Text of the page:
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Concord, Dracut, Wilmington recognized by state as Cyber Aware Communities

BOSTON — Three local towns were recognized this week by Gov. Charlie Baker and the Executive Office of Technology Services and Security as Cyber Aware Communities for their performance in this year’s Municipal Cybersecurity Awareness Grant Program.

Concord, Dracut and Wilmington are among 34 municipalities and public school districts given the honor.

“Buy-in and awareness on cybersecurity from an organization’s leadership team is critical to its success,” Baker said. “Congratulations to each of the municipalities and public schools that have earned recognition as a Cyber Aware Community for their leadership in better securing their organization from potential threats.”

The Municipal Cybersecurity Awareness Grant Program is managed by EOTSS’ Office of Municipal and School Technology and is supported by capital funding secured in a general governmental bond bill that was signed into law in August 2020 to invest in cybersecurity posture and IT infrastructure modernization initiatives in Massachusetts.

In the first two years of the program, 62,000 municipal and public school employees have enrolled, gaining access to critical end-user training, evaluations and threat simulations. Results have shown that participants receiving the cybersecurity awareness training on average saw a six-point improvement on the final assessment of the training course.

“Threats posed by cyber-attacks are so great today that cybersecurity can no longer be viewed as a problem for the IT department alone,” said Secretary of Technology Services and Security Curt Wood. “The municipalities and public schools being recognized today are stepping up to ensure that every member … is properly trained to identify and avoid attempts by malicious actors to gain access to critical systems and data.”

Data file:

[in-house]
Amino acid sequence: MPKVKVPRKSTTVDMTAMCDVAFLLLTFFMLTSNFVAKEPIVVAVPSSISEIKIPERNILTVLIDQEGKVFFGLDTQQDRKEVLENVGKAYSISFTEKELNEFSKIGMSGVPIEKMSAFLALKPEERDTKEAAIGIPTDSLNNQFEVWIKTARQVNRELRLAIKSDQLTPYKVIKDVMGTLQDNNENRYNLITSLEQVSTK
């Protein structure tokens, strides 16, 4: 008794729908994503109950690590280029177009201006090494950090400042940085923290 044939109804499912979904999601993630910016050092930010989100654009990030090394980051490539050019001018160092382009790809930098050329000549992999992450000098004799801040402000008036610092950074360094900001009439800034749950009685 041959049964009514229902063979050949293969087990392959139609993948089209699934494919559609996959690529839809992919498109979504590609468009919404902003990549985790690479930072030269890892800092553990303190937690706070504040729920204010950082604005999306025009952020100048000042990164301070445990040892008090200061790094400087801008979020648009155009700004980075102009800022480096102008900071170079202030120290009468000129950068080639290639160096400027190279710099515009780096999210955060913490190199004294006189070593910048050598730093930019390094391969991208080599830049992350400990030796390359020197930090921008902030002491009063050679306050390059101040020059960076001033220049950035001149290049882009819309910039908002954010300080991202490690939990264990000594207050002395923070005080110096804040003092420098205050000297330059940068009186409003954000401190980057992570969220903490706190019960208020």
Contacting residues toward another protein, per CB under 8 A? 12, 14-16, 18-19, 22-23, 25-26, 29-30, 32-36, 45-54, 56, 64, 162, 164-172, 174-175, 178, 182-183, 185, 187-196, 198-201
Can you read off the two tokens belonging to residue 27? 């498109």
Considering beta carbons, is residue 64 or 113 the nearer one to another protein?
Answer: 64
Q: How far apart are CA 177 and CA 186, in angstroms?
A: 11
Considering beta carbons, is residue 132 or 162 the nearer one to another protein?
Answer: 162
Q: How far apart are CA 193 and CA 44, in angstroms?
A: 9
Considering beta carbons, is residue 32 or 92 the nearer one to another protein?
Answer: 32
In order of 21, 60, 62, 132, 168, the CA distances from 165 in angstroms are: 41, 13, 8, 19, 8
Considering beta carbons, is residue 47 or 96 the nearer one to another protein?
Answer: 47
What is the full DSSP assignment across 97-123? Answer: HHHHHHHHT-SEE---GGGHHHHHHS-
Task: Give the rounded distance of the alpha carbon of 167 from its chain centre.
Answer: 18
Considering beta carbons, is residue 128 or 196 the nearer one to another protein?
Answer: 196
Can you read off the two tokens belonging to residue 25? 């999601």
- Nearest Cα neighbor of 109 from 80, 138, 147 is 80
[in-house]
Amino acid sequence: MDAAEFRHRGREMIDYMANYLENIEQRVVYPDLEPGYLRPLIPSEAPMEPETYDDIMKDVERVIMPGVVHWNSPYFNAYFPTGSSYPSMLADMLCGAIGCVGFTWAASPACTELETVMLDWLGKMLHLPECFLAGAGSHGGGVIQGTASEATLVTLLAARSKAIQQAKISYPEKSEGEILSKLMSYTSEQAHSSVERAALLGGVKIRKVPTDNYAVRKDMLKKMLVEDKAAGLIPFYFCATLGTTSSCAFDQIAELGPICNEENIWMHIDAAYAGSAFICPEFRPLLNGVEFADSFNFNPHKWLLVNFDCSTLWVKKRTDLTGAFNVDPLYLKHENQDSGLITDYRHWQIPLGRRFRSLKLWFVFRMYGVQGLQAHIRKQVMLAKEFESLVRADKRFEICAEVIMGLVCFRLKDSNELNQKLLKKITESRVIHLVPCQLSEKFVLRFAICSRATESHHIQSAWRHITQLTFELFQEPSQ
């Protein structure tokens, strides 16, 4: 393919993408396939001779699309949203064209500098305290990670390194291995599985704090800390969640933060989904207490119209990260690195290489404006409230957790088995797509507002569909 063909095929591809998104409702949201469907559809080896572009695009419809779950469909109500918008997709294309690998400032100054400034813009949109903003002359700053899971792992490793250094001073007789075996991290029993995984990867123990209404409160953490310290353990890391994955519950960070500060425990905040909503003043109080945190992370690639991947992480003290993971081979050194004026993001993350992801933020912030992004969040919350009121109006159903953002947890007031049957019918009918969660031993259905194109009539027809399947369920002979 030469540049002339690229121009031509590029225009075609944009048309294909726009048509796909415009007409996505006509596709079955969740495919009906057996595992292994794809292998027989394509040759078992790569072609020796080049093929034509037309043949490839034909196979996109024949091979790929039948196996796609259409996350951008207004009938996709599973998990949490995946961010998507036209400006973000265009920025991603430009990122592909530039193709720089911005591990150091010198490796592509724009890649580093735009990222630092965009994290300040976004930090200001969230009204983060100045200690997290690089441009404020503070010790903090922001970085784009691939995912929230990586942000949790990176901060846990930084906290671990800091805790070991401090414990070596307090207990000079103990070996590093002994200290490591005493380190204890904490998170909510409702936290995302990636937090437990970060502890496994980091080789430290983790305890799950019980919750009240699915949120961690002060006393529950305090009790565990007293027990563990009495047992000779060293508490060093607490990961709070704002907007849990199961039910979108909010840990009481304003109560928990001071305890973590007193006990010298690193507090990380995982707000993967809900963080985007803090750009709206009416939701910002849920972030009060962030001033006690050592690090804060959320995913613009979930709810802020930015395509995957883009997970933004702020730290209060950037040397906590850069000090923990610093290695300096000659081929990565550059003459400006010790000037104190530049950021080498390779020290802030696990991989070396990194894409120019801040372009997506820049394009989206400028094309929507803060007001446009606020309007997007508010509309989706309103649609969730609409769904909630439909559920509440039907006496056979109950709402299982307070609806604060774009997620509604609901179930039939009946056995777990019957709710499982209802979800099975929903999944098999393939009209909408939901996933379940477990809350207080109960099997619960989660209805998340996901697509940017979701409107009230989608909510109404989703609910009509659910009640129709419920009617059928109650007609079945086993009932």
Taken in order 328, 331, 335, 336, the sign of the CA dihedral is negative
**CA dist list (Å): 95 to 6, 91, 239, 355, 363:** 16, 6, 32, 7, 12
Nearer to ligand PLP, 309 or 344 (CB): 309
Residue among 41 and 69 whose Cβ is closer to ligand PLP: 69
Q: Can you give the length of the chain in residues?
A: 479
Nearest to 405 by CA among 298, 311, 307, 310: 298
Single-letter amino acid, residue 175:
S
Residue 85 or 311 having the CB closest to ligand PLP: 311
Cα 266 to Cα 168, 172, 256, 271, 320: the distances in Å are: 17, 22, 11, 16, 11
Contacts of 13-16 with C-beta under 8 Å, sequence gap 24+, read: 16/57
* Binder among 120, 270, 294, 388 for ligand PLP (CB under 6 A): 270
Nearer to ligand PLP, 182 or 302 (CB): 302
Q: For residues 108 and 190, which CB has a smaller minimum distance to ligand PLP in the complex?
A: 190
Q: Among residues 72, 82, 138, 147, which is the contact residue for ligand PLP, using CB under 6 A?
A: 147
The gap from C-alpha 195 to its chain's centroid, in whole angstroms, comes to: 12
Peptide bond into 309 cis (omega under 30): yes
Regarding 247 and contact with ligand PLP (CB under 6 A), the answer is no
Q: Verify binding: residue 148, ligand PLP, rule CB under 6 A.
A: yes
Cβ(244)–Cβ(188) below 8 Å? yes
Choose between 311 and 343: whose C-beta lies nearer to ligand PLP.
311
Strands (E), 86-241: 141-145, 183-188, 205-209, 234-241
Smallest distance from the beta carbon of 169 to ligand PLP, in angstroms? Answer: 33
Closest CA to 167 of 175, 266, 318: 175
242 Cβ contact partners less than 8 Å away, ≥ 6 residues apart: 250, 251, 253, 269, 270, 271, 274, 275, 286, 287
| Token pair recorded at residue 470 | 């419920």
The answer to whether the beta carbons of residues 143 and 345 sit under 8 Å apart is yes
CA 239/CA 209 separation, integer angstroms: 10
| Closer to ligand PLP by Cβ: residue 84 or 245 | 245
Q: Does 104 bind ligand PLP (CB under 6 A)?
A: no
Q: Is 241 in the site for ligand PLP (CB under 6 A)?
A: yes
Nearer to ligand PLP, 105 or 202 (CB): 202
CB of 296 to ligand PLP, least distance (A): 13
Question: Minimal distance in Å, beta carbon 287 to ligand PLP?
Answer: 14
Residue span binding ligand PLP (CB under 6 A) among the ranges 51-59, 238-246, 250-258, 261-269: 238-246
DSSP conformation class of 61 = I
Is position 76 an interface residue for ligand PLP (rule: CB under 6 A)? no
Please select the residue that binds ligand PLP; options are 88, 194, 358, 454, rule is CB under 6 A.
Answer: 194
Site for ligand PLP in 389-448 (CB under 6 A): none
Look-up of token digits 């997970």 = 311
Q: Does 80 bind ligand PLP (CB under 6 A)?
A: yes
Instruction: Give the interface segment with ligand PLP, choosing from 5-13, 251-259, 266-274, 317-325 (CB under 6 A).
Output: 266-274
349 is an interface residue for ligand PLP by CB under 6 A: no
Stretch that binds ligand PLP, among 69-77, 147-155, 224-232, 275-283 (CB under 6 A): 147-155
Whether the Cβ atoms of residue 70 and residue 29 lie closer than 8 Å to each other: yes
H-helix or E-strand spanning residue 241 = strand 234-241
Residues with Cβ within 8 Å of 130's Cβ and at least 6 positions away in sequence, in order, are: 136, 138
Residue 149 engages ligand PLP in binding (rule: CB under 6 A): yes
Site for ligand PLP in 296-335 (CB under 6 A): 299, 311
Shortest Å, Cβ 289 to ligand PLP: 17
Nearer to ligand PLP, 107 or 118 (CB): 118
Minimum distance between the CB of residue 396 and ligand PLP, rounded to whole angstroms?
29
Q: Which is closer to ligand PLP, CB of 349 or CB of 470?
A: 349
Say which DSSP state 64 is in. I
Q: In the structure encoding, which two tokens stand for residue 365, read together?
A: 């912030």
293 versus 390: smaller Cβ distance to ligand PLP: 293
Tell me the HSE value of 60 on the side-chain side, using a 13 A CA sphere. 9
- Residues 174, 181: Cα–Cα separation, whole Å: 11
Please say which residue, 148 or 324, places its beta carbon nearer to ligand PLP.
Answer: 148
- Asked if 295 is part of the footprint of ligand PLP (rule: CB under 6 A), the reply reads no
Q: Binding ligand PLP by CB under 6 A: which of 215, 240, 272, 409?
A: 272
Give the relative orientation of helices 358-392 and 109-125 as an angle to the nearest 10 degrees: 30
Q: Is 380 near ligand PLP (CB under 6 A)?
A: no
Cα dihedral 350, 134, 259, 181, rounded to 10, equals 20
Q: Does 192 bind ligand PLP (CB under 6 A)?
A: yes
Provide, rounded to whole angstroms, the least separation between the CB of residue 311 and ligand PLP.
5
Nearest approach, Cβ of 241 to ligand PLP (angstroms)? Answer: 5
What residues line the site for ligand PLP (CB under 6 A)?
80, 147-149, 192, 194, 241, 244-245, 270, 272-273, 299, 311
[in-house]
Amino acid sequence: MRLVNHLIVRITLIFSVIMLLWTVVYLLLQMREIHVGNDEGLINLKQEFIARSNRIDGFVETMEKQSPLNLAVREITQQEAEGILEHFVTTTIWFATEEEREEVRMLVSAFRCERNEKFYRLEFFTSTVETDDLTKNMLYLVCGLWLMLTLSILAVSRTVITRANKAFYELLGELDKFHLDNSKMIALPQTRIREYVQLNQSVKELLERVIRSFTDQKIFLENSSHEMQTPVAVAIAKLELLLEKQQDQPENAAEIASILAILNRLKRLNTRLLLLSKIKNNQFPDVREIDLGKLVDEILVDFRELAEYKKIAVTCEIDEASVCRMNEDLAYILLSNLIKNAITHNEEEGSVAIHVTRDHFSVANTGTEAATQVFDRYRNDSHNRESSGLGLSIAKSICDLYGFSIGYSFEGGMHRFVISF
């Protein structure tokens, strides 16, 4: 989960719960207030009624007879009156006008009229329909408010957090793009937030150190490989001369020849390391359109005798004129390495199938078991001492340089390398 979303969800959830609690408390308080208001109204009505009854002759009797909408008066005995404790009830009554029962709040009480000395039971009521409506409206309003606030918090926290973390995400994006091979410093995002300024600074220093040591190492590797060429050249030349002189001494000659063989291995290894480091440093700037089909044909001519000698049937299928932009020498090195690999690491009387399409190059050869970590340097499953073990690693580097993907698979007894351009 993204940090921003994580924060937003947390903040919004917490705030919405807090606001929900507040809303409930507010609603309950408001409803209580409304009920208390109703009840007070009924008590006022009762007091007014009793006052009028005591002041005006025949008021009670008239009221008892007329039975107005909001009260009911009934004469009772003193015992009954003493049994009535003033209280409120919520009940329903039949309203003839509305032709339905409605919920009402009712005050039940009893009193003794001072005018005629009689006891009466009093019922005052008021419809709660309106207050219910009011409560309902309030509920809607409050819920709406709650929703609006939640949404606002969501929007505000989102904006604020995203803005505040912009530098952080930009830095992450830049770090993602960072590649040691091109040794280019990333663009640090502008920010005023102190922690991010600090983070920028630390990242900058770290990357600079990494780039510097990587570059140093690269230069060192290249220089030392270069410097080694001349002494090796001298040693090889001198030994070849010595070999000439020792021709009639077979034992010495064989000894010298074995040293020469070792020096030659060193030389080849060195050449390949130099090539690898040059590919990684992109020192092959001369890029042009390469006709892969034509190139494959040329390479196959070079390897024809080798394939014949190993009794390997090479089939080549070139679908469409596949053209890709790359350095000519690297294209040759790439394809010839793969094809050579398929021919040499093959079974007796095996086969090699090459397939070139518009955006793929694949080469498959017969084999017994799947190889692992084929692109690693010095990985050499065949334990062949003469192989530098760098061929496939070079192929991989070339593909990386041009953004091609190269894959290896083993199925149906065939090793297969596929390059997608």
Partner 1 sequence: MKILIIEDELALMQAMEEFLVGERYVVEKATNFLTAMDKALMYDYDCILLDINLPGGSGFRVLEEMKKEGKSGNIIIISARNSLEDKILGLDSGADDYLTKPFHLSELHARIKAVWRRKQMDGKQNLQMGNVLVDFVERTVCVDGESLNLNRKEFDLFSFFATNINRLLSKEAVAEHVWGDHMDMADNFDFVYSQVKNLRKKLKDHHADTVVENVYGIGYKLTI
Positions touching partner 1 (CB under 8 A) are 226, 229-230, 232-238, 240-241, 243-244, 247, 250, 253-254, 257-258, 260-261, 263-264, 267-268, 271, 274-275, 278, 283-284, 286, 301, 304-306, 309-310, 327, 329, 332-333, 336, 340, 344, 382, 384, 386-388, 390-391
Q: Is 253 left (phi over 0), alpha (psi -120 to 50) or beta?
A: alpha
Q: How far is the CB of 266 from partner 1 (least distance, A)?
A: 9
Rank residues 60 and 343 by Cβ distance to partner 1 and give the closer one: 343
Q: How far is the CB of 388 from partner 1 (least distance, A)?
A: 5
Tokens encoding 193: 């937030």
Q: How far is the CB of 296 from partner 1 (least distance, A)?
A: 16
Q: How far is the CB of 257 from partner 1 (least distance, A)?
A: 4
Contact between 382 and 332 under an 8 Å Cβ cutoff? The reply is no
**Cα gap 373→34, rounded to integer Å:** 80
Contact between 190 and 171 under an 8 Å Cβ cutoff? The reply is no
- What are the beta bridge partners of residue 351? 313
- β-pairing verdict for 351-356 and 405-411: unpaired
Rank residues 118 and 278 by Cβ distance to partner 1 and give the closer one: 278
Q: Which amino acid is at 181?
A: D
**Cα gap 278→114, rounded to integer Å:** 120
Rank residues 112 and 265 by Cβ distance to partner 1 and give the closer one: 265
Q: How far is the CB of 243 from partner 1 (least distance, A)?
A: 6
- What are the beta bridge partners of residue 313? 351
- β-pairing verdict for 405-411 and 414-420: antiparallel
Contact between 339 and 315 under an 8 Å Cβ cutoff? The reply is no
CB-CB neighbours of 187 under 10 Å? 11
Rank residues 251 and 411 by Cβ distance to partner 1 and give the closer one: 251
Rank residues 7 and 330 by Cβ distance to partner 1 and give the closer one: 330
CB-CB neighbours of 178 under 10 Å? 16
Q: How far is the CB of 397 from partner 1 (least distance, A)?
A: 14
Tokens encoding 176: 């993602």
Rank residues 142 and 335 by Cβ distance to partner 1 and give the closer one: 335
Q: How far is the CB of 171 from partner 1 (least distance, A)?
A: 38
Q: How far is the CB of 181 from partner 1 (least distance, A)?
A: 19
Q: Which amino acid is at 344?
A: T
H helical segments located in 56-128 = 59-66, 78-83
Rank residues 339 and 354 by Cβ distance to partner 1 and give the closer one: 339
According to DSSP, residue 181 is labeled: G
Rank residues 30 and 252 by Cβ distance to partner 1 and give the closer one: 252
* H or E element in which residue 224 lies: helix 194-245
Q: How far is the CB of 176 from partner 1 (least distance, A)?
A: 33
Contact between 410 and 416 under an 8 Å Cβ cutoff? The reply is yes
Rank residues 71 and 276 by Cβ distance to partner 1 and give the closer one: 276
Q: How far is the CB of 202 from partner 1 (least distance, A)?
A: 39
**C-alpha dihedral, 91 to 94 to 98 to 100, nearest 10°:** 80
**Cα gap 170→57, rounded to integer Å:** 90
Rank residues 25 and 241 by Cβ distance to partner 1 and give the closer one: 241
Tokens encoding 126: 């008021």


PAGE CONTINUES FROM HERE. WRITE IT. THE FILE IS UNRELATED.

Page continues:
Cyberattacks on municipal government and education systems are on the rise nationwide as cyber criminals are using common threat actions such as phishing, smishing, hacking and ransomware attacks to gain access to an organization’s IT networks and sensitive data, and recent high profile ransomware attacks and hacks have disrupted operations in both the public and private sector.

“Over the past year, cities and towns across the commonwealth have been impacted by ransomware attacks, and unfortunately this problem is not going to go away,” said state Sen. Barry Finegold, D- Andover, Senate chair of the Joint Committee on Advanced Information Technology, the Internet and Cybersecurity. “We need to get ahead of the curve and empower our municipalities to strengthen their cyber preparedness and resilience. Initiatives like the Municipal Cybersecurity Awareness Grant Program are crucial first steps.”

— Trea Lavery

Police co-response program secures funding for crisis response dog

BILLERICA — The Front Line Initiative, a regional police mental health collaborative consisting of the police departments of Billerica, Chelmsford, Dracut, Tewksbury and Tyngsboro, has secured funding to launch an Animal Assisted Co-Response program later this year.

The program, which will be funded by the Greater Lowell Health Alliance will pair a mental health co-response clinician with a trained crisis response dog that can be called out by the five police departments. The program will focus on behavioral health crises with a focus on those struggling with traumatic events, depression and impacts of suicide.

“We are extremely excited to bring this additional therapeutic service to the communities we serve,” said Front Line Executive Director Matthew Page-Shelton. “The addition of the AACoR program will assist in bridging the gap of access to emergency services for those living through traumatic events. We believe in bringing innovative programming to the Greater Lowell area and we are pleased to be pioneering the way with the help of the Greater Lowell Health Alliance.”

The future therapy dog will be an Australian Labradoodle from Highland Beach Labradoodle of Rhode Island, and will be trained by Auntie Dog in Tewksbury. The dog is expected to join the team in training in late November or early December.

— Trea Lavery



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